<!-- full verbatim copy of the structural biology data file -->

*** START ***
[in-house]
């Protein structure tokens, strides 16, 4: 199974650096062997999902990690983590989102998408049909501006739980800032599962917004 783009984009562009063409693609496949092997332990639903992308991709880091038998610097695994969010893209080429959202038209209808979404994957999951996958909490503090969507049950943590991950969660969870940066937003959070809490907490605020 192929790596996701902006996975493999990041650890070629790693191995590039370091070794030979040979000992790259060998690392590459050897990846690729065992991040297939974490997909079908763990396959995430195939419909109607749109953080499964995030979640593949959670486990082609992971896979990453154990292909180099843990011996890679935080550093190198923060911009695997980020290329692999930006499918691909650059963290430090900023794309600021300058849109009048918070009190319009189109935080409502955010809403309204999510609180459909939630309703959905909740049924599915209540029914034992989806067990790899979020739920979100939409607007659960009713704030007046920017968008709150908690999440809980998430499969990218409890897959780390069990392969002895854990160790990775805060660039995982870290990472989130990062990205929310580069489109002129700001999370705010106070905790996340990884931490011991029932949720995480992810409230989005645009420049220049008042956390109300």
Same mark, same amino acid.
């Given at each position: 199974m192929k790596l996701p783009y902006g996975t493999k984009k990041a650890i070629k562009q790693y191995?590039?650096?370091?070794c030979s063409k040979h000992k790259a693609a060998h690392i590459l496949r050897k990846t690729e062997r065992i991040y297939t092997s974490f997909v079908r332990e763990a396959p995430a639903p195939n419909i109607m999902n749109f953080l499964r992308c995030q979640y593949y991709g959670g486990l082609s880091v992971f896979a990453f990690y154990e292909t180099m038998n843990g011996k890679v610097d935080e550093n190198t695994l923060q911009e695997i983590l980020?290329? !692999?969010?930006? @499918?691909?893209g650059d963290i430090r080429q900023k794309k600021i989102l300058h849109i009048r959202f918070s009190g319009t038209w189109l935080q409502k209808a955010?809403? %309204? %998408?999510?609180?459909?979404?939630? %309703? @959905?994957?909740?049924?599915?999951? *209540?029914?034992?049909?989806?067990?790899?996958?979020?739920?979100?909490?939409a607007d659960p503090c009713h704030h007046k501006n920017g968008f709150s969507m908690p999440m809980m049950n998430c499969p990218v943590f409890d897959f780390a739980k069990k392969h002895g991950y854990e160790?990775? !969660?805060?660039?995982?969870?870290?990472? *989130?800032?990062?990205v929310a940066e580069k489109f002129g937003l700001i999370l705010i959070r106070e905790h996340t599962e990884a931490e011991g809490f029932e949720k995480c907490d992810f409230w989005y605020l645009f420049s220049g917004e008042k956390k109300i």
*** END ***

[in-house]
């Protein structure tokens, strides 16, 4: 199974650096062997999902990690983590989102998408049909501006739980800032599962917004 783009984009562009063409693609496949092997332990639903992308991709880091038998610097695994969010893209080429959202038209209808979404994957999951996958909490503090969507049950943590991950969660969870940066937003959070809490907490605020 192929790596996701902006996975493999990041650890070629790693191995590039370091070794030979040979000992790259060998690392590459050897990846690729065992991040297939974490997909079908763990396959995430195939419909109607749109953080499964995030979640593949959670486990082609992971896979990453154990292909180099843990011996890679935080550093190198923060911009695997980020290329692999930006499918691909650059963290430090900023794309600021300058849109009048918070009190319009189109935080409502955010809403309204999510609180459909939630309703959905909740049924599915209540029914034992989806067990790899979020739920979100939409607007659960009713704030007046920017968008709150908690999440809980998430499969990218409890897959780390069990392969002895854990160790990775805060660039995982870290990472989130990062990205929310580069489109002129700001999370705010106070905790996340990884931490011991029932949720995480992810409230989005645009420049220049008042956390109300």
Same mark, same amino acid.
């Given at each position: 199974m192929k790596l996701p783009y902006g996975t493999k984009k990041a650890i070629k562009q790693y191995?590039?650096?370091?070794c030979s063409k040979h000992k790259a693609a060998h690392i590459l496949r050897k990846t690729e062997r065992i991040y297939t092997s974490f997909v079908r332990e763990a396959p995430a639903p195939n419909i109607m999902n749109f953080l499964r992308c995030q979640y593949y991709g959670g486990l082609s880091v992971f896979a990453f990690y154990e292909t180099m038998n843990g011996k890679v610097d935080e550093n190198t695994l923060q911009e695997i983590l980020?290329? !692999?969010?930006? @499918?691909?893209g650059d963290i430090r080429q900023k794309k600021i989102l300058h849109i009048r959202f918070s009190g319009t038209w189109l935080q409502k209808a955010?809403? %309204? %998408?999510?609180?459909?979404?939630? %309703? @959905?994957?909740?049924?599915?999951? *209540?029914?034992?049909?989806?067990?790899?996958?979020?739920?979100?909490?939409a607007d659960p503090c009713h704030h007046k501006n920017g968008f709150s969507m908690p999440m809980m049950n998430c499969p990218v943590f409890d897959f780390a739980k069990k392969h002895g991950y854990e160790?990775? !969660?805060?660039?995982?969870?870290?990472? *989130?800032?990062?990205v929310a940066e580069k489109f002129g937003l700001i999370l705010i959070r106070e905790h996340t599962e990884a931490e011991g809490f029932e949720k995480c907490d992810f409230w989005y605020l645009f420049s220049g917004e008042k956390k109300i």